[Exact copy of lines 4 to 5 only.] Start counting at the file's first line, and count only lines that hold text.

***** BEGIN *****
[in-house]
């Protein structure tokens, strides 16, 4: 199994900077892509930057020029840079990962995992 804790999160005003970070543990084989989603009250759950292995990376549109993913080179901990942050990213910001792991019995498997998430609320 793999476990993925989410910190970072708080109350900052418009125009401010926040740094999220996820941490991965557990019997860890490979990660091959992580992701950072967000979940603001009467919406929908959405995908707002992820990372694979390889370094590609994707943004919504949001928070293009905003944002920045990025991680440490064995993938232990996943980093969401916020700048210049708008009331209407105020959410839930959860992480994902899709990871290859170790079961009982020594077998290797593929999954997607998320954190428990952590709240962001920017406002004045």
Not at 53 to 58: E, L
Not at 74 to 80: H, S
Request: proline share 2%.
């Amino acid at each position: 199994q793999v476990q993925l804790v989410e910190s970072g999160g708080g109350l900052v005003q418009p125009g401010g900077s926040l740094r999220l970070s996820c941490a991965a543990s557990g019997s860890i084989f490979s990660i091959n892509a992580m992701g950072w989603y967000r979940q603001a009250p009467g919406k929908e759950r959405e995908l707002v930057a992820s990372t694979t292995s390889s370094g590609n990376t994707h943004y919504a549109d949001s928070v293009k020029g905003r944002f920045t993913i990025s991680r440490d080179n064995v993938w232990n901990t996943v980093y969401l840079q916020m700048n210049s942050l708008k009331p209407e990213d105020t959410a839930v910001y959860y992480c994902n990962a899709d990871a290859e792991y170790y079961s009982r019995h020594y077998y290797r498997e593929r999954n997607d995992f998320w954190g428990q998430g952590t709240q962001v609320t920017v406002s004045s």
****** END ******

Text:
Not at 74 to 80: H, S
Request: proline share 2%.